In the 700th and final issue of The Amazing Spider-Man, writer Dan Slott's controversial story saw Spider-Man's mind switched with that of his dying arch-foe Dr. Otto Octavius, aka Doctor Octopus. The twist is that with his final effort, Spidey was able to give all of his memories and morals to his body-stealing enemy.

Read more
Music Interviews
1:03 am
Sat December 29, 2012

Johnny Cash's Boyhood Home Tells The Story Of A Town

The Cash family house today.
Michael Hibblen

Originally published on Sat December 29, 2012 4:38 pm

It's been almost a decade since Johnny Cash died, but fans still travel from around the world to see the place the music legend often described as key to his development: his boyhood home in the eastern Arkansas town of Dyess. The small house will soon serve as a museum — not only as a tribute to Johnny Cash, but also to tell the history of the town.

Read more
Best Books Of 2012
6:11 pm
Fri December 28, 2012

Short Stories To Savor On A Winter Weekend

Nishant Choksi

Originally published on Sat December 29, 2012 4:38 pm

Hortense Calisher, a virtuoso of the form, once called the short story "an apocalypse in a teacup." It's a definition that suits the remarkable stories published this year by three literary superstars, and two dazzling newcomers with voices so distinctive we're likely to be hearing from them again. These stories are intense, evocative delights to be devoured singly when you have only a sliver of time, or savored in batches, at leisure, on a winter weekend.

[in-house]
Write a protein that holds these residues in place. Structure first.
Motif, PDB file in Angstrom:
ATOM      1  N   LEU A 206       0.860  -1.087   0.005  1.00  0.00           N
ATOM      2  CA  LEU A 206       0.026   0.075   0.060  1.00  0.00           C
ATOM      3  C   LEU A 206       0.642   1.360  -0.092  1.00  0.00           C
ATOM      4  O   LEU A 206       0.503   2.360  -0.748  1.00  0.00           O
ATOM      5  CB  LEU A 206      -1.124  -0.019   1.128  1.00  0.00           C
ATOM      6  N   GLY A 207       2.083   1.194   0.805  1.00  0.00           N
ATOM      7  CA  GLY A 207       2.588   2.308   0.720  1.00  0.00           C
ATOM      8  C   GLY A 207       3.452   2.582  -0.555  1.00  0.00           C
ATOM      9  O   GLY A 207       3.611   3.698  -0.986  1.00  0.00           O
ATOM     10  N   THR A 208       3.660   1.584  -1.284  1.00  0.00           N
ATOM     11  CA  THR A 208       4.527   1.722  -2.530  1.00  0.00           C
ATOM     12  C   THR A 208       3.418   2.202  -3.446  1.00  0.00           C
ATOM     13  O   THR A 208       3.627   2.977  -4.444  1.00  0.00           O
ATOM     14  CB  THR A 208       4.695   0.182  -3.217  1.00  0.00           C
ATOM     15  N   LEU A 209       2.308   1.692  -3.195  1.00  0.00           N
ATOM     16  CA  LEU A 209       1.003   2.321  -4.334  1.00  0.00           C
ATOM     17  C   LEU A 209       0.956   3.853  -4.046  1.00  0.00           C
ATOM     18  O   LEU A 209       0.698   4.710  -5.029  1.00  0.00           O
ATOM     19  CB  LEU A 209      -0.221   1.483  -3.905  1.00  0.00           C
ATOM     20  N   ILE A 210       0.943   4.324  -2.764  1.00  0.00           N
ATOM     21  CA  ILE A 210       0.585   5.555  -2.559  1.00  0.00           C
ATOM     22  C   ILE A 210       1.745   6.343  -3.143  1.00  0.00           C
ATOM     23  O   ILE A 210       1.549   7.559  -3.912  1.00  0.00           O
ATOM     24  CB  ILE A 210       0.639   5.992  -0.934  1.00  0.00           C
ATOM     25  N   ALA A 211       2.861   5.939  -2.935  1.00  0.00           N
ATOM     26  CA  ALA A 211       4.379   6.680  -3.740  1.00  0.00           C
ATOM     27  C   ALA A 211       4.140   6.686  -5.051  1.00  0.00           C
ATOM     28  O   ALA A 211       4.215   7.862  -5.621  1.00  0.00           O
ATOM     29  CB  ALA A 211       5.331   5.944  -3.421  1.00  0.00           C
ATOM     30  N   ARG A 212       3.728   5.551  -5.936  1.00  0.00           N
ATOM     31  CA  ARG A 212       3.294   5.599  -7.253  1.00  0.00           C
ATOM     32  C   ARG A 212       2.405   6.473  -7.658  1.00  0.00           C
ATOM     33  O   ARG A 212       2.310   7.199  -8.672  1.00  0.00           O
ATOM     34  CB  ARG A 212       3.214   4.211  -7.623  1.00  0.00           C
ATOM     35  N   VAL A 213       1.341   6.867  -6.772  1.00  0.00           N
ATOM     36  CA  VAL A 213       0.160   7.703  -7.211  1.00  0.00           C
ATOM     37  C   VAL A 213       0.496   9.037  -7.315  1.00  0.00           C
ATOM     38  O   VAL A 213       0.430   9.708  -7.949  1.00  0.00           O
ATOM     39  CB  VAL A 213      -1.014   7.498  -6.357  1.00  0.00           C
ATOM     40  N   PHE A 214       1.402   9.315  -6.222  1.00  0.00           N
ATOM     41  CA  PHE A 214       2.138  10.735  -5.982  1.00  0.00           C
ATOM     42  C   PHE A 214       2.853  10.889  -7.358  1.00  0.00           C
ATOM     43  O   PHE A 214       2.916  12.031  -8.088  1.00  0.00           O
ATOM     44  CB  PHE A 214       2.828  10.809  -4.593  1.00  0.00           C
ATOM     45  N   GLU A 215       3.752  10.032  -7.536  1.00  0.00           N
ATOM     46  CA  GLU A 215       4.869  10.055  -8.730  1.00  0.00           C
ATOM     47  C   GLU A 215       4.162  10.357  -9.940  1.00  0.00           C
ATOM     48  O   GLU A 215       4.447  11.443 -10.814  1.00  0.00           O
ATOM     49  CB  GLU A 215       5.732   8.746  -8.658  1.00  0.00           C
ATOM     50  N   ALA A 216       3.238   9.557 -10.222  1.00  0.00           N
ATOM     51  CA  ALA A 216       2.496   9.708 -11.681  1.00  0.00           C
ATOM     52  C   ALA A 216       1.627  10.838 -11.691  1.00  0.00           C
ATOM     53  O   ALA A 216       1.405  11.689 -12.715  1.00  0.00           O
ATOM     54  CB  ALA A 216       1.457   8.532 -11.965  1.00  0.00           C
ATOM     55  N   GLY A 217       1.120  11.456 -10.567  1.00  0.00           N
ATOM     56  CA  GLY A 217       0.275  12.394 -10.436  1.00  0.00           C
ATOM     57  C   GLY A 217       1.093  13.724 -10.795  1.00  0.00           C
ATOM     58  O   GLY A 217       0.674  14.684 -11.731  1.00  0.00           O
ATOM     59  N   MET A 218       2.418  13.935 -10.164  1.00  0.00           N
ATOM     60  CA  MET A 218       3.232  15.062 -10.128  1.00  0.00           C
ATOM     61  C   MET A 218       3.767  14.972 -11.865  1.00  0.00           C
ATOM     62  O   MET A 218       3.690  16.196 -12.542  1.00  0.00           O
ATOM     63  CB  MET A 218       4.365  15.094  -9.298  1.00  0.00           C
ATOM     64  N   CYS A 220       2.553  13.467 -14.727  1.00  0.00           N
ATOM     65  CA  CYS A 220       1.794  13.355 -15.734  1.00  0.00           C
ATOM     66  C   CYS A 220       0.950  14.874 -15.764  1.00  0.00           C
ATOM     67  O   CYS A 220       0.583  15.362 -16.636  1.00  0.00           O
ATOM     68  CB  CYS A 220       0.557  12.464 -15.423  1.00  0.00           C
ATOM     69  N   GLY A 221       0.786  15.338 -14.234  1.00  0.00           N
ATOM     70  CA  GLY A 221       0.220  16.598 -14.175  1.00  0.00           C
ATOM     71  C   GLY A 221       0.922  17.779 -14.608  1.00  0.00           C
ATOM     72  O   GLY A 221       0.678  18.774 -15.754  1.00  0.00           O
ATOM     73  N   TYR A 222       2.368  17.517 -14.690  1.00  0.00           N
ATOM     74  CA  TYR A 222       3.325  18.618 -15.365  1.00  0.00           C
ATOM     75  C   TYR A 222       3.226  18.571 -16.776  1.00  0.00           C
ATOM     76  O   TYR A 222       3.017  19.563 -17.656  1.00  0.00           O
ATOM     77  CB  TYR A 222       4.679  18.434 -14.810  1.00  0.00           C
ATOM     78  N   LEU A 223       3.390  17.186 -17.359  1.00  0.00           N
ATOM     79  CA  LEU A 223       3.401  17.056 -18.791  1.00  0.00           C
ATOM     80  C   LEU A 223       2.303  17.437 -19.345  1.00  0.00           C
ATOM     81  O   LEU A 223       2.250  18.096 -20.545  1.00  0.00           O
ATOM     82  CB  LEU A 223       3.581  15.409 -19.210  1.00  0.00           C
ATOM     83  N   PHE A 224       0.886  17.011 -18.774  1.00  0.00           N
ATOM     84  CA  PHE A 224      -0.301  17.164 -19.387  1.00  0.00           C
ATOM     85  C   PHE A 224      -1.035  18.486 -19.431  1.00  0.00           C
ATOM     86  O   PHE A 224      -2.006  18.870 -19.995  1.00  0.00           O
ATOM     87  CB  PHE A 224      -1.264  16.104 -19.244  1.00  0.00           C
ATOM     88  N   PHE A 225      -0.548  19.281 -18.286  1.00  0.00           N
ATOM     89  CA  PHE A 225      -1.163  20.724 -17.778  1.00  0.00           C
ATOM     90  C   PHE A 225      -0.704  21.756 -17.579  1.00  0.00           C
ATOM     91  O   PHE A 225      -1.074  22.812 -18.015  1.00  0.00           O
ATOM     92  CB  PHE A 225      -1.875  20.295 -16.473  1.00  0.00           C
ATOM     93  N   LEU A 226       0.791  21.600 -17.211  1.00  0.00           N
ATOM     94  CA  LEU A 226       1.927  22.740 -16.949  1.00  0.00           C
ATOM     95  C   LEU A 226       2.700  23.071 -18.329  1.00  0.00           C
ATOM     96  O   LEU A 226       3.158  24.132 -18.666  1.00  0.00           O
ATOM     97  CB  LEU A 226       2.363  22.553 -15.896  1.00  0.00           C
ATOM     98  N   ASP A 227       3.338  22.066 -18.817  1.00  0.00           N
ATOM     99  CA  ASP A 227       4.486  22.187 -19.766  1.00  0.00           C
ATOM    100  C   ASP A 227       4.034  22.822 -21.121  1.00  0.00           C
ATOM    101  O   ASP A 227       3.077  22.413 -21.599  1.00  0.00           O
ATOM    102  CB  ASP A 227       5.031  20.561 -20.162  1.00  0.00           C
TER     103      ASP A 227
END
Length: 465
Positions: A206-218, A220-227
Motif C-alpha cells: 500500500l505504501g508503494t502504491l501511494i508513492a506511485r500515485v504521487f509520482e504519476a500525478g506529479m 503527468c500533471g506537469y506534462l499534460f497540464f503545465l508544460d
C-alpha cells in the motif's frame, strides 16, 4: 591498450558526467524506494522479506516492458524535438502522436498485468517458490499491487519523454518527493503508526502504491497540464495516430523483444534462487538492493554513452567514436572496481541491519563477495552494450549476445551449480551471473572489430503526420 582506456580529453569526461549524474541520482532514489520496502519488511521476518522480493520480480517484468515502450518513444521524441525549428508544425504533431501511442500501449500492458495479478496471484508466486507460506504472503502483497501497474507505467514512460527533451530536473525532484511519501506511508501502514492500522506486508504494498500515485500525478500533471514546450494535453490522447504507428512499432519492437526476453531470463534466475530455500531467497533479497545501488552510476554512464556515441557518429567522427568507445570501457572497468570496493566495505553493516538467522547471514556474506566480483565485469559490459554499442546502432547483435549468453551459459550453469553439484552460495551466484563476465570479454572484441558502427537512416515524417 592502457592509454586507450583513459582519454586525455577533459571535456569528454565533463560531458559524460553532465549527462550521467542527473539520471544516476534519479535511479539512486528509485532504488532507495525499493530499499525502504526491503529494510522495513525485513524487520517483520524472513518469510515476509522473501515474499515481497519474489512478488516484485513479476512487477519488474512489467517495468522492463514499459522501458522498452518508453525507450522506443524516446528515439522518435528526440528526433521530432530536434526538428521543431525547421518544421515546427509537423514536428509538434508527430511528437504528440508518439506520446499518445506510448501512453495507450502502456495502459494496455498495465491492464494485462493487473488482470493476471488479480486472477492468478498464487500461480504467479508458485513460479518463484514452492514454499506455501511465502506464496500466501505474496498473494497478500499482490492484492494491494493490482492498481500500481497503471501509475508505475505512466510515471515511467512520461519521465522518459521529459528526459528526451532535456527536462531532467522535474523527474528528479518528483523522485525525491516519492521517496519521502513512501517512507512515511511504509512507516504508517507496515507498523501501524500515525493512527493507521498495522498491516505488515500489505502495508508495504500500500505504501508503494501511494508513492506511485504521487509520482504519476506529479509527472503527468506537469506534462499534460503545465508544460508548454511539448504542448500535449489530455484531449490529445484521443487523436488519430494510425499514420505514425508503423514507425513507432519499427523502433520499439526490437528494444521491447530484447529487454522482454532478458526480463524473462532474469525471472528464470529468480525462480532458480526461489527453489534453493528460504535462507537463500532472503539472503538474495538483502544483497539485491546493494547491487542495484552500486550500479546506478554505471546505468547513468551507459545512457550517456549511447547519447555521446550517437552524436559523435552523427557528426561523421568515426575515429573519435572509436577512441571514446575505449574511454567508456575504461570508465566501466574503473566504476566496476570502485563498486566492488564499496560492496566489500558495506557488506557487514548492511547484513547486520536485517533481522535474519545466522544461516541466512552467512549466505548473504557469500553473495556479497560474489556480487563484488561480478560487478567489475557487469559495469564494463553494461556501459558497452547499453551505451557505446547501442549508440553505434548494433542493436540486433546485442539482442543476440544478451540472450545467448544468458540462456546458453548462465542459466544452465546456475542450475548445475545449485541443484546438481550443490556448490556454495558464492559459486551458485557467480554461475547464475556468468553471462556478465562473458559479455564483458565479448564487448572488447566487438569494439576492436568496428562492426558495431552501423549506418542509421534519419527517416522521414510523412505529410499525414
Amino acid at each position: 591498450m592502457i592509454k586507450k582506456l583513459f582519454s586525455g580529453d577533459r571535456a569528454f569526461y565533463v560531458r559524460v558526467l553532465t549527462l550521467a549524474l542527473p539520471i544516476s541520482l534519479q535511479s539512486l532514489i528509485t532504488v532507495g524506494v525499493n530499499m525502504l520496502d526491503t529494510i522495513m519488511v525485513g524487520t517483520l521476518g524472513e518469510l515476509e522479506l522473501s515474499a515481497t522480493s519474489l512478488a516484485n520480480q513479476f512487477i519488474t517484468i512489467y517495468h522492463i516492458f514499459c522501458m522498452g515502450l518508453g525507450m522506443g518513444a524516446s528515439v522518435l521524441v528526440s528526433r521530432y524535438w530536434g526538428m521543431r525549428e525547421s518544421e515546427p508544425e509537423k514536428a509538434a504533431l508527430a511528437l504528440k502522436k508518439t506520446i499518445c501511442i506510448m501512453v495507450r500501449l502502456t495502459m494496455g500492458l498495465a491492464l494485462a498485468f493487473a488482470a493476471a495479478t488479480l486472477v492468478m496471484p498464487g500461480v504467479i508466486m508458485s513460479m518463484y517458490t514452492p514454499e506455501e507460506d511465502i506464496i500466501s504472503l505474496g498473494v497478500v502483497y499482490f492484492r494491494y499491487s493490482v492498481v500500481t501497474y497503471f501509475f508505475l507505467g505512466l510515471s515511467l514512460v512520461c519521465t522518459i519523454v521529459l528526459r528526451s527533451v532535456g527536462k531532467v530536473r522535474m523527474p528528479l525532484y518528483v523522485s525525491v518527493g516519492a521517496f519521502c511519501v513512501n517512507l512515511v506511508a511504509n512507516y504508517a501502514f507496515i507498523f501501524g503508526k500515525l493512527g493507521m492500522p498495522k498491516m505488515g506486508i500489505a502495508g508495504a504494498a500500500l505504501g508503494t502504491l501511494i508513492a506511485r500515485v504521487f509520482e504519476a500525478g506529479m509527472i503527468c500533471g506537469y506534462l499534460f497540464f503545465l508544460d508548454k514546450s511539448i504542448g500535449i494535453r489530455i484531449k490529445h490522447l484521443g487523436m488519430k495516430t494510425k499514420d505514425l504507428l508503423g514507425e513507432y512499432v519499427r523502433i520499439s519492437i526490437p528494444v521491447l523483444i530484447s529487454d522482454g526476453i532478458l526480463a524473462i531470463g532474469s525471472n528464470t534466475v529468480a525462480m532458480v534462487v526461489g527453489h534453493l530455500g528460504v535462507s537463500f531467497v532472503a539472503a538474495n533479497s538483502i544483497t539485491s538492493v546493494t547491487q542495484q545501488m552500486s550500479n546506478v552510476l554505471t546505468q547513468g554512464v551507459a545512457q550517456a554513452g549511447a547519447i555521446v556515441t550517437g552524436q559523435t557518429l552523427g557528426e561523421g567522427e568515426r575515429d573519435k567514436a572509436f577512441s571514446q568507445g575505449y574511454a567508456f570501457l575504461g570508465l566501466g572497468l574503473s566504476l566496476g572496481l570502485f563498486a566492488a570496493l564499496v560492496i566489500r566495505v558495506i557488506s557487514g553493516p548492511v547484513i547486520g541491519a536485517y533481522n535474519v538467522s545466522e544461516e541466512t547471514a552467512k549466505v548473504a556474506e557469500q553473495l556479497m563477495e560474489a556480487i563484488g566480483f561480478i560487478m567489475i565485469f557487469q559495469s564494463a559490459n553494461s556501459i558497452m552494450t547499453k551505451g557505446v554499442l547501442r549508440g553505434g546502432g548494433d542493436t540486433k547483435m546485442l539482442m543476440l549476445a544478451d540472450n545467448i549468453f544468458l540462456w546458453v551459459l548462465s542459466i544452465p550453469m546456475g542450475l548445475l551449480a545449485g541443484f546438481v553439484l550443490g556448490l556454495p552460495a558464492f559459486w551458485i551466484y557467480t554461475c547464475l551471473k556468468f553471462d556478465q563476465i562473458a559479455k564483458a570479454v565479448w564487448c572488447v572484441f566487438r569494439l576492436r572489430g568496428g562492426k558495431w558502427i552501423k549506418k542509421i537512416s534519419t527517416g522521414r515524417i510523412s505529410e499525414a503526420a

Read more
Commentary
8:48 am
Sat December 22, 2012

The Mayan Apocalypse: Worthwhile, In Hindsight

Visitors at the Chichen Itza archaeological park in Yucatan state, Mexico, celebrate the end of the Mayan calendar cycle. Even a failed apocalypse has value, in reminding us that life is fragile and unpredictable.
Pedro Pardo AFP/Getty Images

Originally published on Wed December 26, 2012 10:40 am

Yesterday came and went, but I never finished Ulysses. I never took up skydiving. Come to think of it, I didn't even really finish cleaning up my closet before the "Mayan Apocalypse," which did not occur yesterday, Dec. 21.

I remember thinking,"Finally, I get a Friday off — but there's an apocalypse."

Read more
Asia
5:44 am
Sat December 22, 2012

Brutal Rape In India Triggers Widespread Public Anger

Originally published on Wed December 26, 2012 10:40 am

An update on last weekend's rape of a student in New Delhi, an incident which provoked widespread outrage, and calls for a crackdown on sexual violence in India. Weekend Edition Saturday host Scott Simon talks with NPR's Julie McCarthy in India.

Politics
5:44 am
Sat December 22, 2012

After 'Plan B' Fizzles, What's Boehner's Next Move?

Originally published on Wed December 26, 2012 10:40 am

Transcript

SCOTT SIMON, HOST:

As we've just heard, this breakdown in negotiations within the Republican Party is troubling for Speaker Boehner. It also stifles negotiations to avert the combination of deep spending cuts and tax increases. That will come without a bipartisan agreement.

We're joined by Norm Ornstein, an experienced observer of Congress and politics. He's resident scholar at the American Enterprise Institute. Thanks for being with us.

NORM ORNSTEIN: Oh, it's always a pleasure, Scott.

Read more

Pages